Long Road to Simple Systems
Services-based applications, scalable and always up-to-date, will be harder to write than stand-alone programsjust as automatic transmissions are harder to build than stick shifts.The voice on the telephone sounded as if its owner couldnt decide between rage and exhaustion. "My machine re-booted while I was working, and now most of my e-mail in-box is gone. I thought you could only lose work that you hadnt saved!" I had to break the news that behind the scenes, his e-mail client programwhich was open when the system crashed, since he was responding to new messages at the timehad probably corrupted a weakly structured in-box file that had not been properly closed when the system went down. Its just the latest example to cross my desk of the ways that a users simplified, everyday mental model of IT has to struggle against the ugly complexity of the actual hardware and software.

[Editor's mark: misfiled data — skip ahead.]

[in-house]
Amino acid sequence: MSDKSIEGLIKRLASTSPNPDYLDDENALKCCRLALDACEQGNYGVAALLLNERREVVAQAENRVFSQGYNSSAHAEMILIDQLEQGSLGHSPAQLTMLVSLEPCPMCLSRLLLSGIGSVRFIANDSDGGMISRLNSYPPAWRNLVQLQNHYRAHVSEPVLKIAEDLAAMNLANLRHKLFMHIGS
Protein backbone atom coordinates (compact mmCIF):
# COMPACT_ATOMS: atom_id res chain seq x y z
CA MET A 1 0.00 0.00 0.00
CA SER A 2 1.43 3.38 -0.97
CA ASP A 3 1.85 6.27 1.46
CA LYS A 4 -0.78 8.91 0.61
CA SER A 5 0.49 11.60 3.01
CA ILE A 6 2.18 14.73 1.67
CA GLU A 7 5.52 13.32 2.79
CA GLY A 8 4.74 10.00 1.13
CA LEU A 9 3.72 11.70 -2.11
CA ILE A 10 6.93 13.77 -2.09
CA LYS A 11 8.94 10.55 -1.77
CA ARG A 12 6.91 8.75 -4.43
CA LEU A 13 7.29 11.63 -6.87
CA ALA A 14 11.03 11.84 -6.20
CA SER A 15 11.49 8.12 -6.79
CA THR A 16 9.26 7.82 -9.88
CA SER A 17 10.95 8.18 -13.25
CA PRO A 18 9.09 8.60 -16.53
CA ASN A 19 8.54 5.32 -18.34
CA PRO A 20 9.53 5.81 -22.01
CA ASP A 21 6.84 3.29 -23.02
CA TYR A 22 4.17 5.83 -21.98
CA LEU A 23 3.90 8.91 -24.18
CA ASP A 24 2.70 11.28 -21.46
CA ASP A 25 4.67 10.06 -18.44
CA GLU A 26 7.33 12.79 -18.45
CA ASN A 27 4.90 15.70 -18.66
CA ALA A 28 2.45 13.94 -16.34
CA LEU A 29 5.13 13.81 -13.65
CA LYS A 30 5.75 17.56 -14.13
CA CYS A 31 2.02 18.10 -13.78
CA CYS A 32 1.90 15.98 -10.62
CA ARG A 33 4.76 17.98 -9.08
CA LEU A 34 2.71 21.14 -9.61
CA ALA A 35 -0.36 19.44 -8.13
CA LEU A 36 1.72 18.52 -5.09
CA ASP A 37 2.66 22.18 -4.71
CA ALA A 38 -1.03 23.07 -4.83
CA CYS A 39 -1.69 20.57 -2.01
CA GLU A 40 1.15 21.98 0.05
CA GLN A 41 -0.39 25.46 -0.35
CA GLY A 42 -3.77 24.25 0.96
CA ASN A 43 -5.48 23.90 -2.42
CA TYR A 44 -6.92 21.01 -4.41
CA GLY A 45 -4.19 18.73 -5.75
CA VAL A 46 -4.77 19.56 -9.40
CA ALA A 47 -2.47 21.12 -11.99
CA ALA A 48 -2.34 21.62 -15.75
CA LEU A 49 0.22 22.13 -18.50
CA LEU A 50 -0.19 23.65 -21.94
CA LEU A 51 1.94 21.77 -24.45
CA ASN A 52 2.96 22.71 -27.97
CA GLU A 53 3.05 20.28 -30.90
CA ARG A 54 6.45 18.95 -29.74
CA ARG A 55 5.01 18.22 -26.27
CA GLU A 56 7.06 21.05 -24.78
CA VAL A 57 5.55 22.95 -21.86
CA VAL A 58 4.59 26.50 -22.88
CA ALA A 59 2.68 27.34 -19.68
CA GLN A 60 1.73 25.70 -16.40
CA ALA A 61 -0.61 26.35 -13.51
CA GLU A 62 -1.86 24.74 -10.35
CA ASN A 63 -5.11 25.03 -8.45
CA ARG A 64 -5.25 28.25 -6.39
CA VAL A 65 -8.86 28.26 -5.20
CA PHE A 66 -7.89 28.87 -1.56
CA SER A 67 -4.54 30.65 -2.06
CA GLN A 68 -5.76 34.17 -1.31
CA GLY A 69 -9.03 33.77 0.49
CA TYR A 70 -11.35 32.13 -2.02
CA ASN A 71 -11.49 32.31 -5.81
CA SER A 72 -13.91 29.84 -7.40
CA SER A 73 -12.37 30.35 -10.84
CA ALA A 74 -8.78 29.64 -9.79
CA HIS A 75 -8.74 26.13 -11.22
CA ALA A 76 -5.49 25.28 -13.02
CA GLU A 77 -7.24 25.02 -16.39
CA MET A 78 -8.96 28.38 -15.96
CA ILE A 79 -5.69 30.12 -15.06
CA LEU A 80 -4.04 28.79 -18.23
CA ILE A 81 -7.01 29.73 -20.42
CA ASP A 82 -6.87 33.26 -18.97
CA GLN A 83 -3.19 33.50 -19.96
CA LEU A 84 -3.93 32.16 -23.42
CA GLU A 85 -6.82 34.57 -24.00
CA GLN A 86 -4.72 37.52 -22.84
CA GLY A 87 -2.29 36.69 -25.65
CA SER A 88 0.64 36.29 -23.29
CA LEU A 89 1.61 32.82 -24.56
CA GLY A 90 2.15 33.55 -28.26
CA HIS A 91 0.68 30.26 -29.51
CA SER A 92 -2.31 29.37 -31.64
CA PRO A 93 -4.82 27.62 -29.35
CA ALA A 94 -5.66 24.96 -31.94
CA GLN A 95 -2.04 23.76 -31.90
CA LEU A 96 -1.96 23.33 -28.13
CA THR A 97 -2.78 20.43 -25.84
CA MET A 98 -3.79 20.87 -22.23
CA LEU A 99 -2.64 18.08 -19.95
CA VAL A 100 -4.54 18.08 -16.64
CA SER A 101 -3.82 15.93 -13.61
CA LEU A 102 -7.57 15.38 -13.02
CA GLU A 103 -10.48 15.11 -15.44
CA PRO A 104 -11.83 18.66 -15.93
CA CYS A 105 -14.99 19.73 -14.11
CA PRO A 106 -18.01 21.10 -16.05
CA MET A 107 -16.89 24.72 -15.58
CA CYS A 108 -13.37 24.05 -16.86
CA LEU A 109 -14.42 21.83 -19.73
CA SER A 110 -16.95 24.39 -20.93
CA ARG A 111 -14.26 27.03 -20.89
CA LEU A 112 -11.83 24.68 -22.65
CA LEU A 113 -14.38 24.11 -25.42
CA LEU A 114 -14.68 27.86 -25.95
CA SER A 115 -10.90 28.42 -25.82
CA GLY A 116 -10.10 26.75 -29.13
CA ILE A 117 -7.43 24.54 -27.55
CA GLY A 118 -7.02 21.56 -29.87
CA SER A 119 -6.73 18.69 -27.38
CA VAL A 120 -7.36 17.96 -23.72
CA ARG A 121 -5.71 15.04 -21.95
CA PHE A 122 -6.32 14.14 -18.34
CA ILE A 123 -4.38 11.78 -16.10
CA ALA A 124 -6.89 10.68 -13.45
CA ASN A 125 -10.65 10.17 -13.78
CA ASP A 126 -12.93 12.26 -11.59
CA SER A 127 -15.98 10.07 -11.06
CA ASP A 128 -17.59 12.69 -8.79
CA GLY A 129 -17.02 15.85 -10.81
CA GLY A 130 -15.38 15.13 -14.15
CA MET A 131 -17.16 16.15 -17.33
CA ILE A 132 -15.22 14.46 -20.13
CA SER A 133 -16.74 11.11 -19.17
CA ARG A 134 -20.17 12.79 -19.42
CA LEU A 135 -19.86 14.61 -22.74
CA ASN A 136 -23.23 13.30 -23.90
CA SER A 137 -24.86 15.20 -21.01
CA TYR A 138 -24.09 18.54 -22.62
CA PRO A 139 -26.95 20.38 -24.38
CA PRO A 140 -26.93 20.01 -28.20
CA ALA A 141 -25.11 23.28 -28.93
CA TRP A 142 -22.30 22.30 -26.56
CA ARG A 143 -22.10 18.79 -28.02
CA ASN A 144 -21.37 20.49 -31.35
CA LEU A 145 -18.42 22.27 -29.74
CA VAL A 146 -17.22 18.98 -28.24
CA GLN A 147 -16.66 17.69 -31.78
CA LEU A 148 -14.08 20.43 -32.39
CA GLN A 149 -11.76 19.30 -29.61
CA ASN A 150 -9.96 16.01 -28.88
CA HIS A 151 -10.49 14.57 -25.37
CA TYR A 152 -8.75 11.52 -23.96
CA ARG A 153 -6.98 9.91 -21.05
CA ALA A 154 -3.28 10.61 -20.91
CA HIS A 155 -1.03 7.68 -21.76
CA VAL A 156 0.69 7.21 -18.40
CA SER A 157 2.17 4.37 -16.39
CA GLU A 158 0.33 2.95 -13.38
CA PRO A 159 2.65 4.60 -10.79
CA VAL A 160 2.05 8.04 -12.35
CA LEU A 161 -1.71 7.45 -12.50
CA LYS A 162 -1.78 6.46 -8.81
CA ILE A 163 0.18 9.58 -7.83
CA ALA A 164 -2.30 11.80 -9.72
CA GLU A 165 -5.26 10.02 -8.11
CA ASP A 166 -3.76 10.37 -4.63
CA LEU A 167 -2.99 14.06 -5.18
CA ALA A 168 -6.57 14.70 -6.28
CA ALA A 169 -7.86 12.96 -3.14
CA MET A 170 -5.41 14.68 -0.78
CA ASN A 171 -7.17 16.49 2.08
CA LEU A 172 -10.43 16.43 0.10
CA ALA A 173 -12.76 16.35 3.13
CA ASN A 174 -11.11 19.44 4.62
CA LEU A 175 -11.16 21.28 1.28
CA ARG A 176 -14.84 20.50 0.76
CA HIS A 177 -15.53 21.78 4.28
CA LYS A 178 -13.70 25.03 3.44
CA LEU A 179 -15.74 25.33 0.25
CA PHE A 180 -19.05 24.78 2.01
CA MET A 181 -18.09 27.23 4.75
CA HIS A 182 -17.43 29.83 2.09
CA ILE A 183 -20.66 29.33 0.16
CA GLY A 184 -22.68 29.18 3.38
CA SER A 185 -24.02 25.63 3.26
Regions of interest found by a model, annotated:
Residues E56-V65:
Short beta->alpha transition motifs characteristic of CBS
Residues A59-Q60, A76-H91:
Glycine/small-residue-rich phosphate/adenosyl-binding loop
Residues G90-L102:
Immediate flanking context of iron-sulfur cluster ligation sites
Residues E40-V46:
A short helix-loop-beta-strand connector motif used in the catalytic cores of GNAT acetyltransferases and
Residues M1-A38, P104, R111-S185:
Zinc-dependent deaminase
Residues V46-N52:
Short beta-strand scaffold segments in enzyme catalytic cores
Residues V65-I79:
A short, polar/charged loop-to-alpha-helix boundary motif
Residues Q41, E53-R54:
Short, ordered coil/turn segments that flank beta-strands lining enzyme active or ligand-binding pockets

Or, alternatively, its the latest example of IT makers failure to think about how users want to interact with their products and to make their products behave correctly when used in those most likely waysand to tolerate their most likely failure modes. It makes you realize how immature IT still is and how much work remains to be donein the same way that other technologies have needed decades of work to make them usable, even after all the effort that went into making them work at all.